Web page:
Successor of Today’s Mobile internet: The Metaverse
The Metaverse is the next paradigm shift after the mobile internet. The Metaverse will utilize head-mounted devices (HMDs) and extended reality (XR) as the medium to connect avatars and users in the real world. Furthermore, the Metaverse is supposed to provide gamified experiences around emerging Web 3.0 technologies and is anticipated to be the origin of the Multiverse.
The Metaverse will utilize the following hardware and software components: Hand and non-hand-based input devices, scene/object/sound/speech recognition and synthesis, motion rendering, and HMDs. Furthermore, gamification will encompass the activity and story around emerging Web 3.0 non-fungible tokens (NFTs).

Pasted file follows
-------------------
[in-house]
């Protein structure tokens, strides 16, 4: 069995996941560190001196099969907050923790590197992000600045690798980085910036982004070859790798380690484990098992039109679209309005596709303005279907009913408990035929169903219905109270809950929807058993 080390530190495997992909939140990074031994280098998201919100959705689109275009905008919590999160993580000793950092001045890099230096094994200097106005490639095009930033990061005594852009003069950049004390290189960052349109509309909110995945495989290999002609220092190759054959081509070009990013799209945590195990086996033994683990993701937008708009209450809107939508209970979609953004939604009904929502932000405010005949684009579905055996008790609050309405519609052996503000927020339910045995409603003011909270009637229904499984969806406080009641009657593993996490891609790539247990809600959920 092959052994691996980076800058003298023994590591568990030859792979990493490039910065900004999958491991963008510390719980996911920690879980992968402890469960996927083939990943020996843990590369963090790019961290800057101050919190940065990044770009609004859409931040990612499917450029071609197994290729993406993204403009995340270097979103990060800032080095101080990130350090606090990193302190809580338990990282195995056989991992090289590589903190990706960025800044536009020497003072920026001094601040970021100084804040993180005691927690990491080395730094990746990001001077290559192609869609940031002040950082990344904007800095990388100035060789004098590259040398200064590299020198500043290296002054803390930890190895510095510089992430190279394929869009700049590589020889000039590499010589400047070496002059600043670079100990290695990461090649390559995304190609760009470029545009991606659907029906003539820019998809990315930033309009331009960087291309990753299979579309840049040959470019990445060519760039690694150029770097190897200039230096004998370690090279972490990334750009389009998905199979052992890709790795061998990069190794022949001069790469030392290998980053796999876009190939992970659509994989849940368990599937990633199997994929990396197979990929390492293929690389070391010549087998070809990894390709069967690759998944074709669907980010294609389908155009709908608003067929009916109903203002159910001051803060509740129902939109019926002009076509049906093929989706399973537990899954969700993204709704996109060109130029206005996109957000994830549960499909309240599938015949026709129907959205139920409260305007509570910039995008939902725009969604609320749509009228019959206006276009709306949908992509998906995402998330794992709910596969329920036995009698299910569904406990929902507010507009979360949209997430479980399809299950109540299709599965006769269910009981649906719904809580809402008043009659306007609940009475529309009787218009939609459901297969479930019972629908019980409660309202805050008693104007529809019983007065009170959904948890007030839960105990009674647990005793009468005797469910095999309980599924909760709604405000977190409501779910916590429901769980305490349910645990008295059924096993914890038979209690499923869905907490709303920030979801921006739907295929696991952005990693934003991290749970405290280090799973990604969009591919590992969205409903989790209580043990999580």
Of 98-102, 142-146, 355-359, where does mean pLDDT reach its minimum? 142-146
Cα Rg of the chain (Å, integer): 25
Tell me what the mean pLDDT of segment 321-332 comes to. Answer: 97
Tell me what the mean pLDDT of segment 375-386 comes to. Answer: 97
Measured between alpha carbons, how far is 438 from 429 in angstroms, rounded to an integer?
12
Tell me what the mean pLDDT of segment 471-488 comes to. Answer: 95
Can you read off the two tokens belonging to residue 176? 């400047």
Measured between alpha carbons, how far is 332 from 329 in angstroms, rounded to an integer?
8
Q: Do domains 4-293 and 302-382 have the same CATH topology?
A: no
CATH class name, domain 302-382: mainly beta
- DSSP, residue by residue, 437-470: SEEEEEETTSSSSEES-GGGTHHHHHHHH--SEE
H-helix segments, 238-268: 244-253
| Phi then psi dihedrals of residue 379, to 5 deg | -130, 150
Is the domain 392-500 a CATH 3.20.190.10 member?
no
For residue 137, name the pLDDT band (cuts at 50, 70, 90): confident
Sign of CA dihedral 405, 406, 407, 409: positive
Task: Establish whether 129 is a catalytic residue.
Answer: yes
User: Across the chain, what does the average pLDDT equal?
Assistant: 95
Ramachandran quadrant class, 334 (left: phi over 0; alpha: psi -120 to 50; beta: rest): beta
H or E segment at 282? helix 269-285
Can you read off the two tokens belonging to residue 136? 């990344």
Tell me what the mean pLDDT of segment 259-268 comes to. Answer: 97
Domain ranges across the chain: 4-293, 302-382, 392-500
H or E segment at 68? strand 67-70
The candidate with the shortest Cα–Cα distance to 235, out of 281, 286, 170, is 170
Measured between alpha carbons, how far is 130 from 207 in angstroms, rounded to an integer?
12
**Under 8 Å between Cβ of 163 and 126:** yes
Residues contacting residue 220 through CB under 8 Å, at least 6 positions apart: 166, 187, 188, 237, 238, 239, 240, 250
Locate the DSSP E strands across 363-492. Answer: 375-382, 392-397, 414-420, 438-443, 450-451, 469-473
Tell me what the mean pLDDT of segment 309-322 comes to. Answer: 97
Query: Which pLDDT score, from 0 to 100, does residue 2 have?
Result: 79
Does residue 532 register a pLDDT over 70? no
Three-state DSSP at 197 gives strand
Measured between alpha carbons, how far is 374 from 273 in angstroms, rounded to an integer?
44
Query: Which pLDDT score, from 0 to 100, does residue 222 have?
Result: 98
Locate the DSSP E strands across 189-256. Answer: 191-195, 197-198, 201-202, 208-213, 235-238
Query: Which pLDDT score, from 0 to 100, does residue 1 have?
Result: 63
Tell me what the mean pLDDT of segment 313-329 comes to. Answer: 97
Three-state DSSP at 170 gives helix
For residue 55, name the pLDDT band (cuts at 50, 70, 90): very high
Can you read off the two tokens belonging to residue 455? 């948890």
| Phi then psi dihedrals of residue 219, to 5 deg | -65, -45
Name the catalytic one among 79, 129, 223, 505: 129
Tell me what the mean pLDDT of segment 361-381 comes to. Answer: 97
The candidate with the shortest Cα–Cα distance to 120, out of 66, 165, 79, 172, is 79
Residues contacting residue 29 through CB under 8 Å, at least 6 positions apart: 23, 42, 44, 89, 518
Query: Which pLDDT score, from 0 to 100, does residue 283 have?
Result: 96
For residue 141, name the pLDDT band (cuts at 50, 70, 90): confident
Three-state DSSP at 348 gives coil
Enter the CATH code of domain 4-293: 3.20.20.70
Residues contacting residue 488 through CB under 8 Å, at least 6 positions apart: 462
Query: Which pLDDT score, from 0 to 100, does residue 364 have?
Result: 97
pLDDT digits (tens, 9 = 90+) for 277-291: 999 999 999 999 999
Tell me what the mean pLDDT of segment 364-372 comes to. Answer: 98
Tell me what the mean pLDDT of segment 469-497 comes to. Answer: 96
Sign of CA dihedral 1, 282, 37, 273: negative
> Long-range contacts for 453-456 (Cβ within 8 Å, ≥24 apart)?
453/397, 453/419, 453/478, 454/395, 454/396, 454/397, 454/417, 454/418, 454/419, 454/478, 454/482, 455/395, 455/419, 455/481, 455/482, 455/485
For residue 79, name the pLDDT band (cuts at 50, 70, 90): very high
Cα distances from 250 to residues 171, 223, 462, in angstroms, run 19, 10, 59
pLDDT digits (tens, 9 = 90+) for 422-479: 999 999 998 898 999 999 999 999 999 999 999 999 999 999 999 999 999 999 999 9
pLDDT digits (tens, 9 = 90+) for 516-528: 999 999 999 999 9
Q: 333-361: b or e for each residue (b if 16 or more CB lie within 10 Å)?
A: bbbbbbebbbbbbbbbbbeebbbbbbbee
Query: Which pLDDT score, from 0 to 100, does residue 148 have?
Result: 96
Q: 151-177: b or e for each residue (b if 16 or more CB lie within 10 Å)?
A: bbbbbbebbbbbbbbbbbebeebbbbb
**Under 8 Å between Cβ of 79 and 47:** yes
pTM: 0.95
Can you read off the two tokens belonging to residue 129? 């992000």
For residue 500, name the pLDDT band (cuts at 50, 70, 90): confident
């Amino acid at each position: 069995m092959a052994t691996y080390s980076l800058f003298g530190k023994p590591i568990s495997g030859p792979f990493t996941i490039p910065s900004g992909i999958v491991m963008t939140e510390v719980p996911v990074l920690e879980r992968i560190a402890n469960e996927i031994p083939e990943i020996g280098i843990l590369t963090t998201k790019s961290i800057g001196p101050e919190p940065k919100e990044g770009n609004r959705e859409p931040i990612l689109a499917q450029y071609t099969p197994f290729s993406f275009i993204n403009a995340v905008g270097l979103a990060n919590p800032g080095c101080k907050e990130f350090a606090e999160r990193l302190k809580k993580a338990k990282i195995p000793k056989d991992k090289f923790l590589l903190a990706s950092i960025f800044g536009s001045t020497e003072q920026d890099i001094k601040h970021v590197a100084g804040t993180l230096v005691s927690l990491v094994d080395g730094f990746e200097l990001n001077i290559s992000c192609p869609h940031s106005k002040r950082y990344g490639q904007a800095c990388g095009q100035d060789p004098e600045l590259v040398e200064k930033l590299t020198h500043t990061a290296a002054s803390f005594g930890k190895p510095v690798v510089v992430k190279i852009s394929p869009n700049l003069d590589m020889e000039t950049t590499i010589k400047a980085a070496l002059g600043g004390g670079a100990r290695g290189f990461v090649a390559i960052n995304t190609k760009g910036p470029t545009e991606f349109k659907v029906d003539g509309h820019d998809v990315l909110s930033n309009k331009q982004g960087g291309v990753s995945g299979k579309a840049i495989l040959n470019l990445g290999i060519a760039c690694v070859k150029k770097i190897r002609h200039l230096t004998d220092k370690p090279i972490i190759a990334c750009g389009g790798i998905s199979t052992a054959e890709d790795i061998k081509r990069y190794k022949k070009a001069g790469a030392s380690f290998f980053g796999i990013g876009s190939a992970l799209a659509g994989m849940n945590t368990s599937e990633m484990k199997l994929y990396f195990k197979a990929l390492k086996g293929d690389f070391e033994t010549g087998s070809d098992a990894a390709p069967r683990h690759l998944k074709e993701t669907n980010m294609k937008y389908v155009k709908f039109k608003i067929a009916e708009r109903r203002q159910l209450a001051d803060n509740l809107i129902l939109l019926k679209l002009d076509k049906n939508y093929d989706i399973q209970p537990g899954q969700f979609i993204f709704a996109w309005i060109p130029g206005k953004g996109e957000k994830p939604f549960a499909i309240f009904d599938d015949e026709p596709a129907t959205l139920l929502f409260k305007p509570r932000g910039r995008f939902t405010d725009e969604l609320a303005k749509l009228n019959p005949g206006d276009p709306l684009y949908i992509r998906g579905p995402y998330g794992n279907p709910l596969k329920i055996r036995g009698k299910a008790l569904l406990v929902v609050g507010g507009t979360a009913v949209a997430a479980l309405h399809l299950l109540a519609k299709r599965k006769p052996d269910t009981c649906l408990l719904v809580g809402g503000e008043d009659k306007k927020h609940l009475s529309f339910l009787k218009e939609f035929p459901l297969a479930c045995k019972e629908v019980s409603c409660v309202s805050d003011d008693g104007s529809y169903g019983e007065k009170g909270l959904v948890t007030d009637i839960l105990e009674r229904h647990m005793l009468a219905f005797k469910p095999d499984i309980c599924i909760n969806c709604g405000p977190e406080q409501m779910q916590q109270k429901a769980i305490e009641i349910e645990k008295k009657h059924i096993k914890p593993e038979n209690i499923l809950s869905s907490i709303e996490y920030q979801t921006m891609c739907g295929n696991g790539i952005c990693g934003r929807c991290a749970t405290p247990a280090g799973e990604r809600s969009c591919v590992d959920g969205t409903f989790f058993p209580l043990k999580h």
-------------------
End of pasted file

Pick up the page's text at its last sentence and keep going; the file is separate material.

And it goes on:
Precursor of Tomorrow’s Multiverse
The Metaverse will be the precursor of the Multiverse. While the Metaverse primarily focuses on virtual reality (VR) and augmented reality (AR), the Multiverse offers eight different types of reality and advanced XR experience realms, including but not limited to VR and AR, as illustrated in Fig. 1.
Fig. 1. The Multiverse as an architecture of advanced XR experiences .